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Brokers should advise commercial clients that commercial property and liability insurance generally exclude losses arising from terrorism. Although special stand-alone coverage is available, the bigger challenge going forward may be the client mindset toward terrorism insurance cover and an apparent lack of concern over potential related risks.


April 1, 2017   by Greg Meckbach, Associate Editor


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The world is witnessing real change with respect to the terrorism threat: differences in how attacks are being delivered; differences in targets; and differences in apparent objectives.

A protective response is needed to answer all of those changes. That said, has related cover moved in step with the evolution of terrorist acts?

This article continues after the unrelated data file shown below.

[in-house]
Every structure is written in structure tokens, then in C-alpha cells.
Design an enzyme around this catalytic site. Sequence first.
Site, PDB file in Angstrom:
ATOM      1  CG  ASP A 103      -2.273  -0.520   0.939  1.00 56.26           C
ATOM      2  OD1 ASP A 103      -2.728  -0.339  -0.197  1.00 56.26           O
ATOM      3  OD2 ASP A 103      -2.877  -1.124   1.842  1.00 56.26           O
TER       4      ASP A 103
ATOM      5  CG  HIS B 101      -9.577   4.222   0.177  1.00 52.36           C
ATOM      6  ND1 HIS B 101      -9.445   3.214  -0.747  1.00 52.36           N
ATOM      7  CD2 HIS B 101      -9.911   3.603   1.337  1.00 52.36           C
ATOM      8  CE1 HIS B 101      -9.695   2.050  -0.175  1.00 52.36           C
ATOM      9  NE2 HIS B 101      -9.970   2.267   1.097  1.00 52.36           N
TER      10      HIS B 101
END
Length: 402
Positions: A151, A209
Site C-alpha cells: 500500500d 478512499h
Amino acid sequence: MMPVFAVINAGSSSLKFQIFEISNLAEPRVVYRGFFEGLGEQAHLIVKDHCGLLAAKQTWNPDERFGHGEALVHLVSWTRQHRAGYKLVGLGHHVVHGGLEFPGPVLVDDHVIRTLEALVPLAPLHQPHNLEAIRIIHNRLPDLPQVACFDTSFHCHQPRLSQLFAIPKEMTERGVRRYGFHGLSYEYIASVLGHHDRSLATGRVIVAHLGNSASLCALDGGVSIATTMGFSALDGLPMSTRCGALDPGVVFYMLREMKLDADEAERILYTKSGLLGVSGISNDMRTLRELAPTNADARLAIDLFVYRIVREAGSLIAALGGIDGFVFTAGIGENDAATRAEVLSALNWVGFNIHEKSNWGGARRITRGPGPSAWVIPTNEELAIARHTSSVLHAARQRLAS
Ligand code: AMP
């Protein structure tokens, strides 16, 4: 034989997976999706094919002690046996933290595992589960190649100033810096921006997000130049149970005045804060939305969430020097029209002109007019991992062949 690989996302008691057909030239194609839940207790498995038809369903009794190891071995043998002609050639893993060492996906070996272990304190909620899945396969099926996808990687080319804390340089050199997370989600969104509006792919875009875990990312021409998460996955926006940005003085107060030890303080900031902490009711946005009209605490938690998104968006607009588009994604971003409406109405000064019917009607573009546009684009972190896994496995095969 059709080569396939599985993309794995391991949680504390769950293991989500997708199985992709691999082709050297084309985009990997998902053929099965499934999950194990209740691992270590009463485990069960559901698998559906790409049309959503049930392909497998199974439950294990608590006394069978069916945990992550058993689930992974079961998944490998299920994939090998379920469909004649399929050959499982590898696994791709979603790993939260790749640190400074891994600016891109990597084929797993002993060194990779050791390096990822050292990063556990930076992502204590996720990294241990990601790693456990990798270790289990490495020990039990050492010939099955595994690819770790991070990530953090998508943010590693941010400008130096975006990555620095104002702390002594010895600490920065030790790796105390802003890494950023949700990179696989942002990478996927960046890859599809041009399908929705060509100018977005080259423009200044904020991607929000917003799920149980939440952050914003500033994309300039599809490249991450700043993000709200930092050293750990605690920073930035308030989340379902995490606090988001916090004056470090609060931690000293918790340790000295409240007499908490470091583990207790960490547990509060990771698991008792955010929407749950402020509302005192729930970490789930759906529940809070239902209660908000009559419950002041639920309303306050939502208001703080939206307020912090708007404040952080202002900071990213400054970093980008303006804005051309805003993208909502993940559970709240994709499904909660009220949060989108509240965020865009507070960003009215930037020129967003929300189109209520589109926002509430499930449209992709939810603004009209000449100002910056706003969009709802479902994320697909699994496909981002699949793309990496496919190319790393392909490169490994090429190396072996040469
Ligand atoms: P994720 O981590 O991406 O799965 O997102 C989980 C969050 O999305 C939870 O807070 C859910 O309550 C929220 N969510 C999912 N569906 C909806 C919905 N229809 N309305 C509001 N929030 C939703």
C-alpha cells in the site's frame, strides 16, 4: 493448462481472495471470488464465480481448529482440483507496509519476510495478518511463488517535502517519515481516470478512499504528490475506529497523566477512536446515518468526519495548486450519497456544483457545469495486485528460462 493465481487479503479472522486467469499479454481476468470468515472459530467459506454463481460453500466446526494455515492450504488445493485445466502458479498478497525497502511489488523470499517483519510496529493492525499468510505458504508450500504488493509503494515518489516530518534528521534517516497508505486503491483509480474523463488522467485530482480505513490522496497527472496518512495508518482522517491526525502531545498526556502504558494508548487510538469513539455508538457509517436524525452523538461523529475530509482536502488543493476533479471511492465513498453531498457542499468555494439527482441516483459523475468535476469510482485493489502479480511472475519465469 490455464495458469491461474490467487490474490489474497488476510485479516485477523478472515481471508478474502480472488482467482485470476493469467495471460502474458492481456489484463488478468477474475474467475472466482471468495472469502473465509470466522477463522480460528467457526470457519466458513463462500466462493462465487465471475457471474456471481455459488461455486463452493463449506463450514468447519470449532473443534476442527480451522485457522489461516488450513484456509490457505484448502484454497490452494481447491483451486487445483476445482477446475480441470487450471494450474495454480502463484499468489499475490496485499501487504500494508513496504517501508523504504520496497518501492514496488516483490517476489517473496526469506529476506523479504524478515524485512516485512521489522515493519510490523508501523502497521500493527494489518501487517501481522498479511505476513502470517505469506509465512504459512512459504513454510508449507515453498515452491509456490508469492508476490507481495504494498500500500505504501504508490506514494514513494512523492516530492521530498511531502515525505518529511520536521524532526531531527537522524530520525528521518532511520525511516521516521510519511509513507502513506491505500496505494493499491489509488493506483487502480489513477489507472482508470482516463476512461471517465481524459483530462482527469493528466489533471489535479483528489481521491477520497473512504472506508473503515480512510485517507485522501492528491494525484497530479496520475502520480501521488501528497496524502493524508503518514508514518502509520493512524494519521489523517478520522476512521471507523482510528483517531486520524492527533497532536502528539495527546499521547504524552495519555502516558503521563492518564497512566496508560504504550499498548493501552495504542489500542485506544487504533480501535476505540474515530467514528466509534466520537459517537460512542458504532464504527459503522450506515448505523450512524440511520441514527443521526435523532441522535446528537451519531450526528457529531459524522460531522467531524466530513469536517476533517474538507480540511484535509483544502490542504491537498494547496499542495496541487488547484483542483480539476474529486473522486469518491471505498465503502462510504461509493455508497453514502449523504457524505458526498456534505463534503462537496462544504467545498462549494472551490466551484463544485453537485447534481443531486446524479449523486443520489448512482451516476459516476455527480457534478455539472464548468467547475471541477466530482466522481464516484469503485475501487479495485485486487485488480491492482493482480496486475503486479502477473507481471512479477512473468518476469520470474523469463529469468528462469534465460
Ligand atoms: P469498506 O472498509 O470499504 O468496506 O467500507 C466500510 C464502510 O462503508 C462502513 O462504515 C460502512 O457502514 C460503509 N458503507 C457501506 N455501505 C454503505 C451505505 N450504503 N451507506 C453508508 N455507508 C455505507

If existing coverage is not accessible or affordable, is not clearly understood by commercial clients or is not being viewed as worthy of concern, that makes the job of brokers all the more important.

Insurance brokers must be thoroughly versed on which policies apply (or which do not) and which acts are covered (or which are not) to ensure that clients, too, have enough of a solid understanding of the potential risk to determine what protections make most sense for their organizations.

CHANGING TIMES

Standard commercial liability policies do not cover claims arising from terrorism. Couple that with limited stand-alone cover for cyber terrorism and brokers must ensure that they inform clients where their gaps are and what stand-alone policies are available in the market.

Understanding the gaps and the cover could prove critically important in light of the altering face of terrorism. For example, in its 2016 Terrorism and Political Violence Risk Map, Aon plc notes that between 2010 and 2015, “bomb attacks” accounted for 58% of terrorist attacks in Western countries, but that image had flipped by 2015, when 52% of terrorist attacks in Western countries were shootings and just 34% were bombings.